With such a legendary track record, why did he stop competing – After achieving everything John wanted to achieve competitively, at 36 he felt wasn’t going to improve any further, he decided it was time to call it quits to avoid any long term injuries. “Waveski surfing is a sport that at the extreme level can be harsh on the body, more so than board riding”. Despite these concerns, John suffered few injuries except the torn rib cartilage, a few broken ribs after being crushed on the bottom and a two inch gash in his arm after being speared by a surfboard at Newcastle and was carted off to hospital. However when compared to his current sport of Mountain Bike riding, he believes Waveski surfing is much safer. After one year he has already broken his wrist and had some pins inserted.
Christo has a lengthy record of achievements in sport in addition to waveski surfing. He also held the Australian C1 canoe title 4-5 years in a row and went in the World Ttitles for this class of canoeing. He was 14th at the 1981 World Titles for C2 canoeing. Holds a Commonwealth title for kayaking and held the 1983 Australian Title for kayaking at the same time he held the 1983 Australian Waveski title. Since retiring from waveski surfing, he has also been riding a surfboard competitively and won the regionals for his age group in 2002 and was 10th in the state title that same year. In 2003 he was 2nd in regionals and 9th in the state titles. Most recently he has been competing in mountain bike enduro races ranging from 67-100 kms but he claims this is for fun. From a family perspective it doesn’t stop there. His oldest 3 kids ride surfboards competitively and do numerous other sports and his wife recently completed a marathon. On occasion his kids will paddle around on small waveski’s in flat water and if they ever wanted to learn to ride a waveski in the surf Christo would be more than happy to teach them. He notes that one of the biggest challenges with juniors is the amount of equipment that needs to be carted around and there’s more risk of being hassled in the surf.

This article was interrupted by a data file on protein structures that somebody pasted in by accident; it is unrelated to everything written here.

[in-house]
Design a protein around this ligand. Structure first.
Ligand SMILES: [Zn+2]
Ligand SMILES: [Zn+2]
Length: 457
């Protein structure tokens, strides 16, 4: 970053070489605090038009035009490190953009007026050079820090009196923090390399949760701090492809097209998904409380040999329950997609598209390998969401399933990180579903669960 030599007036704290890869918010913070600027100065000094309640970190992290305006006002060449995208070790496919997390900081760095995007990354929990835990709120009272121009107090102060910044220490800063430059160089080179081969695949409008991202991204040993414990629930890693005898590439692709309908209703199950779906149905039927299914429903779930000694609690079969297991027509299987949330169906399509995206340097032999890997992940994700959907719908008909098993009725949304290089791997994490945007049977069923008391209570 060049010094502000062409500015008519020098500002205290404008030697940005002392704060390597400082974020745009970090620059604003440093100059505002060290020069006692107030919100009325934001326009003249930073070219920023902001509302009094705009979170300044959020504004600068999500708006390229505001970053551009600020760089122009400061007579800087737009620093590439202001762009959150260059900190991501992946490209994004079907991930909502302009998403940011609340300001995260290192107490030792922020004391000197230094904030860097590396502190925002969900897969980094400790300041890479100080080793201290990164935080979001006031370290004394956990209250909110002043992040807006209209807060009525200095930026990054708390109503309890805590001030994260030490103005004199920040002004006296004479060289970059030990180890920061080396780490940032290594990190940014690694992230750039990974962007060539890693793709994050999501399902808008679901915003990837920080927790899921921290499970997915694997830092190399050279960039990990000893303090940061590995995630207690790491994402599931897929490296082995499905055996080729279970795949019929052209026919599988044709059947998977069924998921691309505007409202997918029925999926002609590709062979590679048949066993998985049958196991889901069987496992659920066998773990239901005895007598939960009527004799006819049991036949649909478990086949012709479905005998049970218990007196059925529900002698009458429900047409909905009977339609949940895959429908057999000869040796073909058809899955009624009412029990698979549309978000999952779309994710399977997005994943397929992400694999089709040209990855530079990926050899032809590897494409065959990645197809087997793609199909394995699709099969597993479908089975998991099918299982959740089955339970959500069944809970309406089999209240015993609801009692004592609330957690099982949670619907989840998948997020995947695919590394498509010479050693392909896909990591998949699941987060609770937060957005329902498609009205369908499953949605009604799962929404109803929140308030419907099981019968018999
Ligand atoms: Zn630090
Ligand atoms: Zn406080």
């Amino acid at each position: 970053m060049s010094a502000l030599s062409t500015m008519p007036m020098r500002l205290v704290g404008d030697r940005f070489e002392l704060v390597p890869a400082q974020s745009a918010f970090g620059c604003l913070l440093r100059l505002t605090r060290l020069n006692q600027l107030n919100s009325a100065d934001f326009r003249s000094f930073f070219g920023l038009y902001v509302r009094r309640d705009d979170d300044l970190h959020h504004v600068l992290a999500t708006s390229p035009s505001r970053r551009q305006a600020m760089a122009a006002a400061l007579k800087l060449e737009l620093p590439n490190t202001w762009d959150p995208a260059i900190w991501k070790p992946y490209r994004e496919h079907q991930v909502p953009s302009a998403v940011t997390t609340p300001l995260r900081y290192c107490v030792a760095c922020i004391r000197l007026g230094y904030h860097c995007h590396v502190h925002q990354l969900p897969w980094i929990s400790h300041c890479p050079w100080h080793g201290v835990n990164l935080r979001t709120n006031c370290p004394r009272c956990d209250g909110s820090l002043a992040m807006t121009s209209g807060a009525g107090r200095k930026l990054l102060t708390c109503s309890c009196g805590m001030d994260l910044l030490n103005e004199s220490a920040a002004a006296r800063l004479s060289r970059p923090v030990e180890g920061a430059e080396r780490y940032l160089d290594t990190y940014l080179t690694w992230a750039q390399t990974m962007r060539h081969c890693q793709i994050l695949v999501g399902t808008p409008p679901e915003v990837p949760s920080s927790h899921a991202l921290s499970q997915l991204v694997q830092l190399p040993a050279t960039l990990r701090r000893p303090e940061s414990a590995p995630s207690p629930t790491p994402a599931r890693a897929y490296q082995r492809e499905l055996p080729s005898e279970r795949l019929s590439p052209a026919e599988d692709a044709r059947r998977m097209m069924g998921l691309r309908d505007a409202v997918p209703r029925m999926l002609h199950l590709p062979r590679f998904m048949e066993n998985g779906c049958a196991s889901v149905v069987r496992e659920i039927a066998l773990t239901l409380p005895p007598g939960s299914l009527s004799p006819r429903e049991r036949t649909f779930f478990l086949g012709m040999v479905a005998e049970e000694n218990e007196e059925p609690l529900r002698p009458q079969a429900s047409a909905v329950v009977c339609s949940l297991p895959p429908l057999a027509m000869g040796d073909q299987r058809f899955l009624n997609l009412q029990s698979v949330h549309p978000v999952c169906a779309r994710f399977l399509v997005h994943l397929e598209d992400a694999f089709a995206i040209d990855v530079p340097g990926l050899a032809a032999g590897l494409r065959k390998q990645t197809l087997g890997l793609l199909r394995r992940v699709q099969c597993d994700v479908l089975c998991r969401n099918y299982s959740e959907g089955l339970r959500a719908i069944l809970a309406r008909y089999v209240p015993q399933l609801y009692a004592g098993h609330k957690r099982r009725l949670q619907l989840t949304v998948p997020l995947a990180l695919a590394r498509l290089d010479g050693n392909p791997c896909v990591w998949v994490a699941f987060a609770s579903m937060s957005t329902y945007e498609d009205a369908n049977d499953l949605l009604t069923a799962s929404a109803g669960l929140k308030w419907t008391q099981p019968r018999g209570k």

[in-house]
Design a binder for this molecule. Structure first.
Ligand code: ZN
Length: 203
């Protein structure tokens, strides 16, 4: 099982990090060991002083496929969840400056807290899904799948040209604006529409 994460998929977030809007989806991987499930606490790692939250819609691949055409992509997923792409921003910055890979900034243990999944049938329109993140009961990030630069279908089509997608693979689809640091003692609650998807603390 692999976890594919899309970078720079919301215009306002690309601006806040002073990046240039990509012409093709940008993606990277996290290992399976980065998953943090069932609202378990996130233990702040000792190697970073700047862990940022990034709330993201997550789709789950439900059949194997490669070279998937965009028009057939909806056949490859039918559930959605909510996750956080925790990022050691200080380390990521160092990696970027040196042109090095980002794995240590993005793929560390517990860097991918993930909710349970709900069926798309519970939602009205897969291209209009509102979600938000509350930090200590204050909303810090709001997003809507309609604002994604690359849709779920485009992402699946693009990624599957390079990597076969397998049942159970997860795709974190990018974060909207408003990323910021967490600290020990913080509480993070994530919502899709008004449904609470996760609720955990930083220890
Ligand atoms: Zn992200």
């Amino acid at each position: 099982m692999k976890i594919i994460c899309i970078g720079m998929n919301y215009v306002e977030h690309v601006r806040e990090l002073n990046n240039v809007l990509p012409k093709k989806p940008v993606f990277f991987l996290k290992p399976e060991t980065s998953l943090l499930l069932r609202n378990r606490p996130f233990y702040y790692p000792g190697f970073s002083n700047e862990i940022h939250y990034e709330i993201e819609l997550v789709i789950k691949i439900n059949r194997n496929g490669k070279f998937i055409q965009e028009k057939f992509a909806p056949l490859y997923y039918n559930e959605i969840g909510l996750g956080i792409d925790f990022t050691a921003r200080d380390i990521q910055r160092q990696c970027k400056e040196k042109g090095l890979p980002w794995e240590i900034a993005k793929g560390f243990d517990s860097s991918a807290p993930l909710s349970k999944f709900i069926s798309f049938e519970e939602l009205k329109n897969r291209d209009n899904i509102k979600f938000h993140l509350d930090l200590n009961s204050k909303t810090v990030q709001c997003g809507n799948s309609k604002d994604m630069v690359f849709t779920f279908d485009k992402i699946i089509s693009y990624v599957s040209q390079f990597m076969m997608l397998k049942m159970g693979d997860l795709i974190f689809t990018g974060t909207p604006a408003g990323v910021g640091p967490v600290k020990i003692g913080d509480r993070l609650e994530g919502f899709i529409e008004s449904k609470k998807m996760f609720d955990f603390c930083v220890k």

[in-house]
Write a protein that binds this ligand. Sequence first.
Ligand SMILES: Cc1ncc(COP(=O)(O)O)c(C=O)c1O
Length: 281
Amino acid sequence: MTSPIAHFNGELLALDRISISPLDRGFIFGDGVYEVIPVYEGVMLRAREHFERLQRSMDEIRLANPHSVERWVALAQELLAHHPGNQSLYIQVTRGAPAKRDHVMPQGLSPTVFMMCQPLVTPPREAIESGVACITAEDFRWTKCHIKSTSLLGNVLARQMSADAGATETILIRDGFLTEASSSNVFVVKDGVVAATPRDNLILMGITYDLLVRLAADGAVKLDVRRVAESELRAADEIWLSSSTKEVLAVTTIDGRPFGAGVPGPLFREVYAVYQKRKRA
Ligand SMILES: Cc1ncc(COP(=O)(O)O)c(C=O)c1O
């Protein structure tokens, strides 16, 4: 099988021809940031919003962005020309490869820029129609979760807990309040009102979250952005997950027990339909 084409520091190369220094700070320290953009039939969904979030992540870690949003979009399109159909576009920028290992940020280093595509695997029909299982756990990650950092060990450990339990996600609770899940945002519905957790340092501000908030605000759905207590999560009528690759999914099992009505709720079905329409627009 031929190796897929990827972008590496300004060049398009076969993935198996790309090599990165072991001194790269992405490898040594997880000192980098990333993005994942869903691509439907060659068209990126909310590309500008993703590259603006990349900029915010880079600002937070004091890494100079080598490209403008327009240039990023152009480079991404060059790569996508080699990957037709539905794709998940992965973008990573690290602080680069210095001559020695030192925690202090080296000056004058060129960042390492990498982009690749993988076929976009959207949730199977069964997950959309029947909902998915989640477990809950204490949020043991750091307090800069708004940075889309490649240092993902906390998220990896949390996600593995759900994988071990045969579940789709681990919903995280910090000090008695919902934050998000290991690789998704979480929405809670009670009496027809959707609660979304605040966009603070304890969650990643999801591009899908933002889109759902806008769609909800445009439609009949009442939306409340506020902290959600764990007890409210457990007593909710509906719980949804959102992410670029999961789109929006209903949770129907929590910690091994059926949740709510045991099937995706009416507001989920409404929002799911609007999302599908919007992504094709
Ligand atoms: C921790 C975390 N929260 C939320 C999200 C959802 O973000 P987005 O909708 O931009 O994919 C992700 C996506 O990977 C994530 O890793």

Of all the stories Christo is renowned for, his surf at Pipe in Hawaii in 85 is probably the one most talked about. They were lucky on the last day of their trip when it started to break nicely with just a few body surfers out. His photographer made the call to go out even though he was a tad hesitant. He managed to get a few waves before it got crowded with about 100 guys. He felt it was amazing experience to surf pipe on a waveski with all the big names including Tom Carroll. It was also pretty intimidating and was dropped in on couple of times like anyone on any board does. He said he was most lucky to not hit the bottom or go over the falls and would love to go back some day.
After shaping waveski’s for so many years and developing the quad belt, when asked what other idea’s for development he had that he left untouched his only comment was riding ski’s kneeling – “Being a C1 paddler, you get more leverage from kneeling, if you could apply that to surfing a waveski perhaps you get something more out of it”. Despite a number of attempts he gave up on this idea, but has heard of the South African’s trying this with the core board.
From mid 80′s to 97, his life was completely focused on design, technique and training in waveski surfing. If the opportunity came along, Christo would be keen to catch up with the old crew. He has achieved everything he aimed for and more and says that at 36 he reached his peak and has now retired from competitive waveski surfing. Although if he was offered a shaping bay nearby and a someone keen to glass, he would happily shape waveski’s again.